Four brothers living in New York State imported a dozen looms from England in the late 1870s and established the Shuttlesworth Brothers Company in Amsterdam, New York. When they produced a new kind of carpet called the Karnak Wilton in 1905, the demand from home owners was overwhelming. The brothers opened up a whole new building, just for the production of Karnak carpet. The style of carpet was so sought-after that for several years the company stuck with the same color and pattern.
In 1920, the brothers merged their company with a competitor in the Amsterdam market, McCleary, Wallin & Crouse and the new company was named Mohawk after the river that ran through the city.
Another innovator in the carpet industry, Alexander Smith of West Farms, New York, teamed with Halcyon Skinner to form a profitable carpet company employing over a thousand people…Smith was elected to Congress in 1878 but died the very same day. Their company, Alexander Smith & Sons carried on, and in World War I they adjusted to create products and supplies for the United States’ war effort. By the late 1920s the company was the largest carpet manufacturer in the world.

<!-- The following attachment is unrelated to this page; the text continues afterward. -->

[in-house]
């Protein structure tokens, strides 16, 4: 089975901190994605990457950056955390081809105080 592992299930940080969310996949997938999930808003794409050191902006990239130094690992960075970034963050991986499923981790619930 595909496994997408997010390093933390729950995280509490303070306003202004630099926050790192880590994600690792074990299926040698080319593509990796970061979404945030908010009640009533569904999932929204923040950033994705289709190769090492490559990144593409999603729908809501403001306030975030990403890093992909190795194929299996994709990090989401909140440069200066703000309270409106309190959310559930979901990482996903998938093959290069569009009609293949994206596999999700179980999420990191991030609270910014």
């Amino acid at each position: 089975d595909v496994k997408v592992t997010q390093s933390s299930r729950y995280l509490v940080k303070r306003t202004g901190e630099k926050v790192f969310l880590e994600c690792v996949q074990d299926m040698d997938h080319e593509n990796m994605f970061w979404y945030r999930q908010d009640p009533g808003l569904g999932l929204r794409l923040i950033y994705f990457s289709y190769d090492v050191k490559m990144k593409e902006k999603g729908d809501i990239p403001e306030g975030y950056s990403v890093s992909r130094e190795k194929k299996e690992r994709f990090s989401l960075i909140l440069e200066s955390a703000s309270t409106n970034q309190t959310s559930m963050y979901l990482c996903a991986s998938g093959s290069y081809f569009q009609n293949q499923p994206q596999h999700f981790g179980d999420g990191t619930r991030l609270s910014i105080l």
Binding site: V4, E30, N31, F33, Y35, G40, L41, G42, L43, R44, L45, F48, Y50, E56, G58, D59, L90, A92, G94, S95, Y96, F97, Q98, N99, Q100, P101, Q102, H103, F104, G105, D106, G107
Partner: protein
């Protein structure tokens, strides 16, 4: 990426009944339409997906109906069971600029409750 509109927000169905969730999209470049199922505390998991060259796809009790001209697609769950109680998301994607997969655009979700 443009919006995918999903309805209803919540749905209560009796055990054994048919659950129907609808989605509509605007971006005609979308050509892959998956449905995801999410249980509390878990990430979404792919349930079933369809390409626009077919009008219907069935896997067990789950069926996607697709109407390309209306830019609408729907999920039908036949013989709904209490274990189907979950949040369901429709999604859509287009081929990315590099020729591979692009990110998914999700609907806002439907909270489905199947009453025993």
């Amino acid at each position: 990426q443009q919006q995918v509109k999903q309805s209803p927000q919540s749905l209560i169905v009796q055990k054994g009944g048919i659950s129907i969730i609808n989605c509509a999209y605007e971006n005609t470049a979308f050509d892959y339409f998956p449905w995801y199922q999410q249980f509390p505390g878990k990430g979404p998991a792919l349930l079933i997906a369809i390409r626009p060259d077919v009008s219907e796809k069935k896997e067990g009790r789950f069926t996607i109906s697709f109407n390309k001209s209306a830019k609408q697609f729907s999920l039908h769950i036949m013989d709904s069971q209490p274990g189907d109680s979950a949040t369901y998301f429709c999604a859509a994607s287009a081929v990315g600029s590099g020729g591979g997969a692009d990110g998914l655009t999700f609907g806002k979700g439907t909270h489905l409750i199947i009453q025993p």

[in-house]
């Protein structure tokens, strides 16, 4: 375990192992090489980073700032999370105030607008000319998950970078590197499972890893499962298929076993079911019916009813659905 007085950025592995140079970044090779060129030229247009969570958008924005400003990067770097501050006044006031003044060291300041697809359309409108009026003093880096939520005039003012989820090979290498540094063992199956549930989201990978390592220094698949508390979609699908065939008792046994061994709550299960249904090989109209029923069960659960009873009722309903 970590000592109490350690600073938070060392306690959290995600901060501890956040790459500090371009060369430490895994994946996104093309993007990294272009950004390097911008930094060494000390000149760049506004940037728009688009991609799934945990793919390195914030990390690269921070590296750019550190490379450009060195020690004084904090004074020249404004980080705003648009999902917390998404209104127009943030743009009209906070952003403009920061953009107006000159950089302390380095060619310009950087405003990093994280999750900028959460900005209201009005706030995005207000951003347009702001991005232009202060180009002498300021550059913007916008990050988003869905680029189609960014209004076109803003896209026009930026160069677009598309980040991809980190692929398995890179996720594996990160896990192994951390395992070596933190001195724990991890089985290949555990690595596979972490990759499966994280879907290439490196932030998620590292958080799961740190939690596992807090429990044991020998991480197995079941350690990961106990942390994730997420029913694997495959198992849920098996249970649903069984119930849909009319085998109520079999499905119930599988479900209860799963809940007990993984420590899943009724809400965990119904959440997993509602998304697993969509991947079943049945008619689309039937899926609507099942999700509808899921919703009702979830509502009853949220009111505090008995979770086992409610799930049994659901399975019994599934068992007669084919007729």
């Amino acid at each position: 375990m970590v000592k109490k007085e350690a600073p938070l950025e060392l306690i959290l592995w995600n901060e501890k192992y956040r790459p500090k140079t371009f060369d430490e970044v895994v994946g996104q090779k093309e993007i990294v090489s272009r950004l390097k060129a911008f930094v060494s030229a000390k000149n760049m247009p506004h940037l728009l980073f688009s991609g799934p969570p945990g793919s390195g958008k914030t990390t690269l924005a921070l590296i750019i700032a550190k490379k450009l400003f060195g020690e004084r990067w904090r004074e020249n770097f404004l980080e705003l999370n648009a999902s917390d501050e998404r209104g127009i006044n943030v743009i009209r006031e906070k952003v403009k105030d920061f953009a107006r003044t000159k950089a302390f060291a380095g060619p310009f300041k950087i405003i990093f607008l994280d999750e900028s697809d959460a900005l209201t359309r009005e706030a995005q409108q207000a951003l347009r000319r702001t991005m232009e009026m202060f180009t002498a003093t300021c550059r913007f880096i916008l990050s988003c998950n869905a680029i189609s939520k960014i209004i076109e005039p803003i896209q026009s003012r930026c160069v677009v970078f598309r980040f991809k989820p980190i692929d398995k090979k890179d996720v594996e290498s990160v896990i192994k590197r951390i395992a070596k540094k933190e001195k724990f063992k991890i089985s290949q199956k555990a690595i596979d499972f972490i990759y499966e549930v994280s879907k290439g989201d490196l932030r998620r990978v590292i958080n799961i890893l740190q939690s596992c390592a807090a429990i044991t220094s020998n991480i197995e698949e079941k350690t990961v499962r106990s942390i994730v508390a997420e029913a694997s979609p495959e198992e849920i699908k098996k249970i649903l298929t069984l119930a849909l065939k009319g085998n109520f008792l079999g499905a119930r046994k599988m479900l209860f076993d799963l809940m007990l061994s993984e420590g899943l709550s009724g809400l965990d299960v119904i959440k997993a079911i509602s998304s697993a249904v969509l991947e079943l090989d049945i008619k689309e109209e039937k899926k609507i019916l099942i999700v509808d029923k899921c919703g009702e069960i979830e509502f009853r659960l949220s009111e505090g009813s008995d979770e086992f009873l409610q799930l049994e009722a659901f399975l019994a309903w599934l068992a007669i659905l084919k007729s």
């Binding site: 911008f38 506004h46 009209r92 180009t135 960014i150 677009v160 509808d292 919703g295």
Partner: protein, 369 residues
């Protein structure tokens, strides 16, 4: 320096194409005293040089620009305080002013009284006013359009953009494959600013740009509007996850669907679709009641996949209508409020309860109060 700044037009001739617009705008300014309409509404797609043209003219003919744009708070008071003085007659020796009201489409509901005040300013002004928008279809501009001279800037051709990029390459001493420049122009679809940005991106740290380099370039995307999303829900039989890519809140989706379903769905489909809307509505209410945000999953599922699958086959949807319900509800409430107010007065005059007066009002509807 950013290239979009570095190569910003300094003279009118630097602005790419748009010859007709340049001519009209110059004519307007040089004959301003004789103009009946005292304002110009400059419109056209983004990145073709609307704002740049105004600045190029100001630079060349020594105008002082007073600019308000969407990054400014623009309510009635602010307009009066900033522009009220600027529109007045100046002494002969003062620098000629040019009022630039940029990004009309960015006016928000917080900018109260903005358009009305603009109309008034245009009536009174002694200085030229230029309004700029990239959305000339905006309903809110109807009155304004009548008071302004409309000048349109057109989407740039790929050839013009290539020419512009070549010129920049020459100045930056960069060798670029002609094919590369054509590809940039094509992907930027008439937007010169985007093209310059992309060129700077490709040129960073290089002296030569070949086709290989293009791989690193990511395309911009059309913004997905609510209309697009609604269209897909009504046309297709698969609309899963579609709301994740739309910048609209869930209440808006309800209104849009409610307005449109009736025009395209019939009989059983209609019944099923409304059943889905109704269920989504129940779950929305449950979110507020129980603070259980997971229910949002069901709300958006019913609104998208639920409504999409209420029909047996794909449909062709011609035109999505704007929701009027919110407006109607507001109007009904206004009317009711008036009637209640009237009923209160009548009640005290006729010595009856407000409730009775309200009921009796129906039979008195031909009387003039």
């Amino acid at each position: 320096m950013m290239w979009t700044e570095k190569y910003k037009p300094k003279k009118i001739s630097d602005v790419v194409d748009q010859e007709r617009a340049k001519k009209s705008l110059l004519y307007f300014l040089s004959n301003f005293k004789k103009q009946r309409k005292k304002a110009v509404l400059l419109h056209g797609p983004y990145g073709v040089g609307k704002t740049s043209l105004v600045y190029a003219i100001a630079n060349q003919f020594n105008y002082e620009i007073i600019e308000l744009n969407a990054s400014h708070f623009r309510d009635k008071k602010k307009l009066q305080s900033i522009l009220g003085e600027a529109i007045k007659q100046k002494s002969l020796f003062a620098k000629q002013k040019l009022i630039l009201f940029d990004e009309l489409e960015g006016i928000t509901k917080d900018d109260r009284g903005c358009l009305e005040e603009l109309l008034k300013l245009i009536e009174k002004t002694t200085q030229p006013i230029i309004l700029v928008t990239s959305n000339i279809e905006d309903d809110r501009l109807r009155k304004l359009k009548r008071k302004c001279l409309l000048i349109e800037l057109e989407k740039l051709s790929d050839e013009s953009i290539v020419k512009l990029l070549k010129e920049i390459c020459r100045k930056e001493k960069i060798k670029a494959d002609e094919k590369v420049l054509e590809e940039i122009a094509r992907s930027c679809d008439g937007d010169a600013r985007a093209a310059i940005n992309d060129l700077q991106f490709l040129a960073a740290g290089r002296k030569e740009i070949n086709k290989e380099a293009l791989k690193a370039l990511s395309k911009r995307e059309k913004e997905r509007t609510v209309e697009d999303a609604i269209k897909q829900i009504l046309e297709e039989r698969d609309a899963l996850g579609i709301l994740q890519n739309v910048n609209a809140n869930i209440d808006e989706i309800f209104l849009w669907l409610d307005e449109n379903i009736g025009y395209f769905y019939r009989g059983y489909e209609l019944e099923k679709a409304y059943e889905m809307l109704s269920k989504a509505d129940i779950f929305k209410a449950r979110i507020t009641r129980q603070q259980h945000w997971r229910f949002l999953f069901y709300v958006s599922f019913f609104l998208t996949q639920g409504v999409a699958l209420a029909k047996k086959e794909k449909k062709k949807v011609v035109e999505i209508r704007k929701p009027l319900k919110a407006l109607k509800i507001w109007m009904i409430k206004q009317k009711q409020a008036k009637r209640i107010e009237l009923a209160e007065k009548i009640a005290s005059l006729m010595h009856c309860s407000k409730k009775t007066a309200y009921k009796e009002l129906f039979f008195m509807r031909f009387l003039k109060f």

The Greatest Machine-Made “Oriental” Rug?
Marshall Field of Chicago founded the Marshall Field & Company Department Store and was seeking suppliers of bedding materials, towels and floor coverings. He realized there was also a demand for affordable Oriental style area rugs and decided to become his own supplier. In the 1920s he built his own plant in North Carolina to manufacture area rugs.